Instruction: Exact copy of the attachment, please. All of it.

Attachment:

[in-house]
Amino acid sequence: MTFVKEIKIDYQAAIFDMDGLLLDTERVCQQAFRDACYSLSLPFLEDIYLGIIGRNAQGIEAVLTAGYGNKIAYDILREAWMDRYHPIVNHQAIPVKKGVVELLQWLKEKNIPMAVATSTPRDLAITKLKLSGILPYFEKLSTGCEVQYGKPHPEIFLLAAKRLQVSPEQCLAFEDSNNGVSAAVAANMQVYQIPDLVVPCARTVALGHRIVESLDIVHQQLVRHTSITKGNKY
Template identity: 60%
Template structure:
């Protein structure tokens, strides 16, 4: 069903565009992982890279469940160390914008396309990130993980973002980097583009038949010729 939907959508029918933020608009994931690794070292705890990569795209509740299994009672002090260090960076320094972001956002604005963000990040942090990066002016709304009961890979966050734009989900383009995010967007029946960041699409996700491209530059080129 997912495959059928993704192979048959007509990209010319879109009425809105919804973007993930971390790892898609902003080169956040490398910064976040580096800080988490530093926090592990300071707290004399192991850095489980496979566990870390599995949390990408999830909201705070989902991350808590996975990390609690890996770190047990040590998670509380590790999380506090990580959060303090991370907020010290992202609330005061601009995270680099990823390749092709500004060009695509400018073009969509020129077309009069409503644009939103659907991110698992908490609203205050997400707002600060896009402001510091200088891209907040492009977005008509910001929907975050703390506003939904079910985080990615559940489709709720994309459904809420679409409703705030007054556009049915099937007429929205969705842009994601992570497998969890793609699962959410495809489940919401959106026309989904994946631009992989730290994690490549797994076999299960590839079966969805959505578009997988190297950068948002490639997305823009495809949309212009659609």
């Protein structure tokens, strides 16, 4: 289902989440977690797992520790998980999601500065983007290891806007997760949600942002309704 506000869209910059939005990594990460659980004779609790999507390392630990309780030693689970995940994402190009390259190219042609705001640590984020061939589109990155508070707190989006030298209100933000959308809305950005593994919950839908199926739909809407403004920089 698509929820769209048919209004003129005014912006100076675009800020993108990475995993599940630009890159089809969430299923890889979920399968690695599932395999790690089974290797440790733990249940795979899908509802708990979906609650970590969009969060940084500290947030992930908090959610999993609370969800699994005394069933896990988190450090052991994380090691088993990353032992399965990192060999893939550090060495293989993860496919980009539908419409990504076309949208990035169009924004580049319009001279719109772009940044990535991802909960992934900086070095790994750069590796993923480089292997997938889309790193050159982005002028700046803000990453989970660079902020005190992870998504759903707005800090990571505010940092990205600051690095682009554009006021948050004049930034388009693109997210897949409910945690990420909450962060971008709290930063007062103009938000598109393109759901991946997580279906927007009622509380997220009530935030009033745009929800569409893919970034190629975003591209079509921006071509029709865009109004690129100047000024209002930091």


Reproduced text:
[in-house]
Amino acid sequence: MTFVKEIKIDYQAAIFDMDGLLLDTERVCQQAFRDACYSLSLPFLEDIYLGIIGRNAQGIEAVLTAGYGNKIAYDILREAWMDRYHPIVNHQAIPVKKGVVELLQWLKEKNIPMAVATSTPRDLAITKLKLSGILPYFEKLSTGCEVQYGKPHPEIFLLAAKRLQVSPEQCLAFEDSNNGVSAAVAANMQVYQIPDLVVPCARTVALGHRIVESLDIVHQQLVRHTSITKGNKY
Template identity: 60%
Template structure:
């Protein structure tokens, strides 16, 4: 069903565009992982890279469940160390914008396309990130993980973002980097583009038949010729 939907959508029918933020608009994931690794070292705890990569795209509740299994009672002090260090960076320094972001956002604005963000990040942090990066002016709304009961890979966050734009989900383009995010967007029946960041699409996700491209530059080129 997912495959059928993704192979048959007509990209010319879109009425809105919804973007993930971390790892898609902003080169956040490398910064976040580096800080988490530093926090592990300071707290004399192991850095489980496979566990870390599995949390990408999830909201705070989902991350808590996975990390609690890996770190047990040590998670509380590790999380506090990580959060303090991370907020010290992202609330005061601009995270680099990823390749092709500004060009695509400018073009969509020129077309009069409503644009939103659907991110698992908490609203205050997400707002600060896009402001510091200088891209907040492009977005008509910001929907975050703390506003939904079910985080990615559940489709709720994309459904809420679409409703705030007054556009049915099937007429929205969705842009994601992570497998969890793609699962959410495809489940919401959106026309989904994946631009992989730290994690490549797994076999299960590839079966969805959505578009997988190297950068948002490639997305823009495809949309212009659609």
């Protein structure tokens, strides 16, 4: 289902989440977690797992520790998980999601500065983007290891806007997760949600942002309704 506000869209910059939005990594990460659980004779609790999507390392630990309780030693689970995940994402190009390259190219042609705001640590984020061939589109990155508070707190989006030298209100933000959308809305950005593994919950839908199926739909809407403004920089 698509929820769209048919209004003129005014912006100076675009800020993108990475995993599940630009890159089809969430299923890889979920399968690695599932395999790690089974290797440790733990249940795979899908509802708990979906609650970590969009969060940084500290947030992930908090959610999993609370969800699994005394069933896990988190450090052991994380090691088993990353032992399965990192060999893939550090060495293989993860496919980009539908419409990504076309949208990035169009924004580049319009001279719109772009940044990535991802909960992934900086070095790994750069590796993923480089292997997938889309790193050159982005002028700046803000990453989970660079902020005190992870998504759903707005800090990571505010940092990205600051690095682009554009006021948050004049930034388009693109997210897949409910945690990420909450962060971008709290930063007062103009938000598109393109759901991946997580279906927007009622509380997220009530935030009033745009929800569409893919970034190629975003591209079509921006071509029709865009109004690129100047000024209002930091």